Tuesday, April 17, 2007

Two weeks ago when mom was in town, we joined the Nethercuts for dinner at the elite UT Club. We parked in the garage and as we were crossing the street to the lower level of the Club, mom said, "I can't help but think about the UT sniper when I'm on this campus."

"Mom! That happened before I was born." I said with an incredulous get-over-it sort of attitude.

"I can't help it," she said; she who lived in Missouri and Minnesota in the 60s. "It's still makes me uncomfortable."

Two weeks later her words haunt me. Students and adults across the globe are shaken up by Virginia Tech's tragedy. And it will not soon go away.

To the parents of those who died or are still in the hospital, my heart is with you and my prayers are for you. God cries too, for this world is a mess. I'm sorry the TVs keep exploiting you and the web reminding you. At the same time, may you always remember whom you loved, and may their spirits live on in you.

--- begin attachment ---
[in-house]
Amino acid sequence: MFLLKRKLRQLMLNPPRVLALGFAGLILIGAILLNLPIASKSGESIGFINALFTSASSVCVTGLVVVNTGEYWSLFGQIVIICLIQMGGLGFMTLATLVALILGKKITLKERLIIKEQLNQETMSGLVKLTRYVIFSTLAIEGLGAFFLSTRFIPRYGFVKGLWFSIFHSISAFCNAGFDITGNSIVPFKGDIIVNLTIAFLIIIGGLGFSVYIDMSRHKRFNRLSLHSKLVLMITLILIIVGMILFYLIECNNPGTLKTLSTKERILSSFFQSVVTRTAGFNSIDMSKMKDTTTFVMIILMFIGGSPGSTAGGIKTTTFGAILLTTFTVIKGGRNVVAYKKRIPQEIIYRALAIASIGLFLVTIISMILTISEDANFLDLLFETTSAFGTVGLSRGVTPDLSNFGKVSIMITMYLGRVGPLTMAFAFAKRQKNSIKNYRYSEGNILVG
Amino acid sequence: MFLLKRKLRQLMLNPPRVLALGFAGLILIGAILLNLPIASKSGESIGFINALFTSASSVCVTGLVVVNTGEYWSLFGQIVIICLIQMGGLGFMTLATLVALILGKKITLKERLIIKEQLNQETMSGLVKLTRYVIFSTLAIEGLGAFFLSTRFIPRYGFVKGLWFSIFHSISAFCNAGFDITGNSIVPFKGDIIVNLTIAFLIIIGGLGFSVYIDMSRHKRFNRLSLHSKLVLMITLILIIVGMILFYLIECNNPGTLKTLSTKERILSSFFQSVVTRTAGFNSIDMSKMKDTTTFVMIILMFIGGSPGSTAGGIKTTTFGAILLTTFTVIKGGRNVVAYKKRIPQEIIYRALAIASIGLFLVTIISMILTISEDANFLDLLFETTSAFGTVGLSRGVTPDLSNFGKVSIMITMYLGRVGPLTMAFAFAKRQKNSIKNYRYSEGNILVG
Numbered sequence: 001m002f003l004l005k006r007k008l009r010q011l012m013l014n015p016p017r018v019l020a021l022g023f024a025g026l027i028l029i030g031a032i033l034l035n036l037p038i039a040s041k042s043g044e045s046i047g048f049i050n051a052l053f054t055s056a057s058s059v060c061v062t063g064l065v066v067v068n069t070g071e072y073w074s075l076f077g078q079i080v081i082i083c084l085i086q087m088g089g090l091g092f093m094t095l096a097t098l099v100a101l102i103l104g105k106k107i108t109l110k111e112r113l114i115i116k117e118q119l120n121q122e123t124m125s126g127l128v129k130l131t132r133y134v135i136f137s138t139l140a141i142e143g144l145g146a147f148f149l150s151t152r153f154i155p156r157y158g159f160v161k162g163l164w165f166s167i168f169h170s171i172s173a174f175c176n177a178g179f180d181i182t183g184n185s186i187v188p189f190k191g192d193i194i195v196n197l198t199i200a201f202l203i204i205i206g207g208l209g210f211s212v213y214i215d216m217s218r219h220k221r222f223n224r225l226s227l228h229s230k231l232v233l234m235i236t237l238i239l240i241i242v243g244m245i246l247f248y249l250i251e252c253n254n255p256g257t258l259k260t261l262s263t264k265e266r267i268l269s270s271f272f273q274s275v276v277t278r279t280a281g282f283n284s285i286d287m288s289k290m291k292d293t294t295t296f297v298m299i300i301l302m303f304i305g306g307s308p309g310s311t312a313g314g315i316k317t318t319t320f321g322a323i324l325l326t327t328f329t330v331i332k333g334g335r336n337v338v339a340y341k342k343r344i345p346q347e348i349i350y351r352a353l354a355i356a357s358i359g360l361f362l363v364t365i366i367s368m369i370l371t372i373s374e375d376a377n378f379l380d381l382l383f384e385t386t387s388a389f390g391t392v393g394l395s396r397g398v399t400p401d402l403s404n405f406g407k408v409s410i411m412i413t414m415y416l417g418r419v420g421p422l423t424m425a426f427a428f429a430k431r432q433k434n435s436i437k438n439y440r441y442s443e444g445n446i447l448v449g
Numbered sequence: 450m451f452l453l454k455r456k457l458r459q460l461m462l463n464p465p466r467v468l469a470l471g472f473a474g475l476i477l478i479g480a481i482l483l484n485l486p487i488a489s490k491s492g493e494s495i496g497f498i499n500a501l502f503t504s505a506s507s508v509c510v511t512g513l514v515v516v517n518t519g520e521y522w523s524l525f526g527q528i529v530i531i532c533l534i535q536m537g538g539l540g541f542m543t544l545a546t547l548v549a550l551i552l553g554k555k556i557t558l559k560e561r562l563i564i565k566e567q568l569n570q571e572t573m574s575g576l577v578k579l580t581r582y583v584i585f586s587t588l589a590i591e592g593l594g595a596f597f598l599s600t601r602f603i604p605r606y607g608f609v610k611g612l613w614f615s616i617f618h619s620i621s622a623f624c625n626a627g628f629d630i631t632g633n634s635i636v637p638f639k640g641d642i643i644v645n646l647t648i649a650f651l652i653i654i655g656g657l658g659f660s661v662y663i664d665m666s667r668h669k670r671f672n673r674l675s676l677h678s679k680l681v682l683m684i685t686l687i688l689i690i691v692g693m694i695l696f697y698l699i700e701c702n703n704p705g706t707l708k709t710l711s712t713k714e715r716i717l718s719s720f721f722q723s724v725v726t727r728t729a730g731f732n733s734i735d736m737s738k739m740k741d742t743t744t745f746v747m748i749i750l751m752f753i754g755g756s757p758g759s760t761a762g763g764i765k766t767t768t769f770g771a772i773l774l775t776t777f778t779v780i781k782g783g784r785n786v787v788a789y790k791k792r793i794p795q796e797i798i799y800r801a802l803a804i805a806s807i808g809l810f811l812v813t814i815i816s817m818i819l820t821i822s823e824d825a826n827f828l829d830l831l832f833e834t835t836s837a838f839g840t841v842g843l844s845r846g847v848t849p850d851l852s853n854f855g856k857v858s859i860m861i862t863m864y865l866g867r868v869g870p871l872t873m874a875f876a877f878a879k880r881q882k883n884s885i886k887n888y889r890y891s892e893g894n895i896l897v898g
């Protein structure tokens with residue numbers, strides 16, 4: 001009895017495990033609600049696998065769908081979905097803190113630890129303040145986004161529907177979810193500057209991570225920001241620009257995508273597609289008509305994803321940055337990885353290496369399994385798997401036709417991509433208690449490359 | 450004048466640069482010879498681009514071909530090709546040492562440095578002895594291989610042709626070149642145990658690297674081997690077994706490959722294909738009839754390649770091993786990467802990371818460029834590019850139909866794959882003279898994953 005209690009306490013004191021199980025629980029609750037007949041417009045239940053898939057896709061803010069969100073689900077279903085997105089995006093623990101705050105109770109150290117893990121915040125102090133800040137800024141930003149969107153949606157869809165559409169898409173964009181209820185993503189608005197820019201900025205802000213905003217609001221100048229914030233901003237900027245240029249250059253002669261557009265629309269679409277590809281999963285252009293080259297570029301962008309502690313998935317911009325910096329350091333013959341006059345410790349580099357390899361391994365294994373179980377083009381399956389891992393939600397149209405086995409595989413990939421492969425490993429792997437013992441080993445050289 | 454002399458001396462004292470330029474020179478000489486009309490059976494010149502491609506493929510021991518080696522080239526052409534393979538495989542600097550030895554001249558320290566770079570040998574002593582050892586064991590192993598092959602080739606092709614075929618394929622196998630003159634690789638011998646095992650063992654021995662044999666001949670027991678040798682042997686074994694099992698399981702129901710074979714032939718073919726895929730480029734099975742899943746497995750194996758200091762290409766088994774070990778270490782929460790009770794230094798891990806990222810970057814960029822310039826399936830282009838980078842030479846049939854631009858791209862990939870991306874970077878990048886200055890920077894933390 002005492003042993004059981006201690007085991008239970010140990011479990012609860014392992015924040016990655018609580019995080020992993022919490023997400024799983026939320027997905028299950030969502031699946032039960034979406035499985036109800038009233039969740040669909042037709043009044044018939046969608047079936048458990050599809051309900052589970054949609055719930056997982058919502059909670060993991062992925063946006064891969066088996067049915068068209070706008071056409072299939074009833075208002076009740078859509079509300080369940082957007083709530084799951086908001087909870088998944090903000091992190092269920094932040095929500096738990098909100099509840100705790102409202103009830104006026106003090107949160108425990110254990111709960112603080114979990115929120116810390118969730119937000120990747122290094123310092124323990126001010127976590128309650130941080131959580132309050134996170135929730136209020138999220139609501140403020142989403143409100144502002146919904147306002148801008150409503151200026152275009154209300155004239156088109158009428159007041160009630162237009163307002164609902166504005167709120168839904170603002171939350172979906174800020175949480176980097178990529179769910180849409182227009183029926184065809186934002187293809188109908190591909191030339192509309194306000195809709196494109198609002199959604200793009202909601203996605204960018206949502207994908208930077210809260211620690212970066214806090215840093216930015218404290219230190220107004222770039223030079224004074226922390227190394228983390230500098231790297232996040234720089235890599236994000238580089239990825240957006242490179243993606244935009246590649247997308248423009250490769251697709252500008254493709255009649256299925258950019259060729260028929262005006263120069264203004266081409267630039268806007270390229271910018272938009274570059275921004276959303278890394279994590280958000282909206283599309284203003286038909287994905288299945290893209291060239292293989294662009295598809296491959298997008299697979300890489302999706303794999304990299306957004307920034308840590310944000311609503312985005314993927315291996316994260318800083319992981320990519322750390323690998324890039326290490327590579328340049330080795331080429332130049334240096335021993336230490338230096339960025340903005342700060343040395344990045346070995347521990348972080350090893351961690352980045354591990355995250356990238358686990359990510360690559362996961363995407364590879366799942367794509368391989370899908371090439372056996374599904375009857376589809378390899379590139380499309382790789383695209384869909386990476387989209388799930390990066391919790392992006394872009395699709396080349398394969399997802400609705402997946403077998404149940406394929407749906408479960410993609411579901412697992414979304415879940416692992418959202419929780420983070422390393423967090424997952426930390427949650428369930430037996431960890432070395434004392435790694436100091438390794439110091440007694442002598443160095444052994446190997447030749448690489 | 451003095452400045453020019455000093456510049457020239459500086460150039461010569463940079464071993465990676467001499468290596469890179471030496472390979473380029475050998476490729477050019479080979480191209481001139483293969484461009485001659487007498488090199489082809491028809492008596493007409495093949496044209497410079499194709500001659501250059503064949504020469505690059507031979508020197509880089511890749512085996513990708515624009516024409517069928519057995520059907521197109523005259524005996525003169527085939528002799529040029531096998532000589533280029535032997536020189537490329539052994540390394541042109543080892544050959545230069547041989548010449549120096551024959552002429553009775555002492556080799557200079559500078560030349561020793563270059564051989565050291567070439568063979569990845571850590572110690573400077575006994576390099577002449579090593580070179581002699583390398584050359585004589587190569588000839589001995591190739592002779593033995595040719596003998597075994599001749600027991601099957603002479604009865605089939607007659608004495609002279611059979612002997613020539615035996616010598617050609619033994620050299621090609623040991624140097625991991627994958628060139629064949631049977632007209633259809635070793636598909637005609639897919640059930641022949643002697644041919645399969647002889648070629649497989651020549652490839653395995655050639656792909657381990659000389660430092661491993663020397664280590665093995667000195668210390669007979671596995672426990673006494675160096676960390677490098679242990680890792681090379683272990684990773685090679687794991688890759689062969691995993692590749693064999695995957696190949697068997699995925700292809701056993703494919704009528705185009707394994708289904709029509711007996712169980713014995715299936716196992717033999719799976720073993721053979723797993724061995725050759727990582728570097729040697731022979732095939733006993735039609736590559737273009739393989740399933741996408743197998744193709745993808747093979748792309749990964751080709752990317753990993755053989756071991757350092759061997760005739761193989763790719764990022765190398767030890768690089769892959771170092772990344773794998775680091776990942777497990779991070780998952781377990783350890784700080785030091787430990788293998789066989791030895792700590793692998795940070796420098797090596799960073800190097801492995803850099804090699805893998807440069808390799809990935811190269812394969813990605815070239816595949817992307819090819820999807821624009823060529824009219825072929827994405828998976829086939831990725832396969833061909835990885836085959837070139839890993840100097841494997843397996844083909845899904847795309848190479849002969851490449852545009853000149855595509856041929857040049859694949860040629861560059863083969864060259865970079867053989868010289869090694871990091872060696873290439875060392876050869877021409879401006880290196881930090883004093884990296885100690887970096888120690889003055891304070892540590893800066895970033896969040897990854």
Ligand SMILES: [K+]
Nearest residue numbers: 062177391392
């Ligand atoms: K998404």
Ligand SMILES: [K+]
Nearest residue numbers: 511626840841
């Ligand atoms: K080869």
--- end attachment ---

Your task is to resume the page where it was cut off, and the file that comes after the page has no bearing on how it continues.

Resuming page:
Anonymous said...

you don't think television coverage allows citizens to stay in touch with the world around them? The very fact that this was publicized prompted universities nationwide to reevaluate their emergency response policies. Sometimes it takes a week of seeing the faces of the dead to really understand how fragile and temporary we are.

Ann said...

good point.

Frank said...

Great message Ann.

I agree that TV exploits. Jen's point is also good. I just saw a news report that said text messaging can save lives in a situation like this (the university can implement an emergency notification program). Pretty good technology.

Anonymous said...

journalist report only what people want to see

170 people died in baghdad since monday